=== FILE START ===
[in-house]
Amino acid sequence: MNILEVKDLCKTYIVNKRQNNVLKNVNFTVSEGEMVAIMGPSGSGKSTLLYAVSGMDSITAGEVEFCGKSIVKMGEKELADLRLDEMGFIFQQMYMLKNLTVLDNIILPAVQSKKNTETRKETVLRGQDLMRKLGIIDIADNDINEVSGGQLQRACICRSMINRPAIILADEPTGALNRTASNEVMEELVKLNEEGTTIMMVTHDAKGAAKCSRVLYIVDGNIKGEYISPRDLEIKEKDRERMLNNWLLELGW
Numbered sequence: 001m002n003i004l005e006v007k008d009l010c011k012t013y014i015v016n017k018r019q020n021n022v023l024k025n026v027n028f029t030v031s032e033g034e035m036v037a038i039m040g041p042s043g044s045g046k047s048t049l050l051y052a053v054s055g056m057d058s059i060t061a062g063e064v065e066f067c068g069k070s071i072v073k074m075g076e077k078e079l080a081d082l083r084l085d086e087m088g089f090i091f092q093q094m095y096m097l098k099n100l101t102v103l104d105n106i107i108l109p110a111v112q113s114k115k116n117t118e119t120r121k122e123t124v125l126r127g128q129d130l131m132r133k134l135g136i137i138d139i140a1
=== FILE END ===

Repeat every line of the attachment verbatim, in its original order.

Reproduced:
[in-house]
Amino acid sequence: MNILEVKDLCKTYIVNKRQNNVLKNVNFTVSEGEMVAIMGPSGSGKSTLLYAVSGMDSITAGEVEFCGKSIVKMGEKELADLRLDEMGFIFQQMYMLKNLTVLDNIILPAVQSKKNTETRKETVLRGQDLMRKLGIIDIADNDINEVSGGQLQRACICRSMINRPAIILADEPTGALNRTASNEVMEELVKLNEEGTTIMMVTHDAKGAAKCSRVLYIVDGNIKGEYISPRDLEIKEKDRERMLNNWLLELGW
Numbered sequence: 001m002n003i004l005e006v007k008d009l010c011k012t013y014i015v016n017k018r019q020n021n022v023l024k025n026v027n028f029t030v031s032e033g034e035m036v037a038i039m040g041p042s043g044s045g046k047s048t049l050l051y052a053v054s055g056m057d058s059i060t061a062g063e064v065e066f067c068g069k070s071i072v073k074m075g076e077k078e079l080a081d082l083r084l085d086e087m088g089f090i091f092q093q094m095y096m097l098k099n100l101t102v103l104d105n106i107i108l109p110a111v112q113s114k115k116n117t118e119t120r121k122e123t124v125l126r127g128q129d130l131m132r133k134l135g136i137i138d139i140a1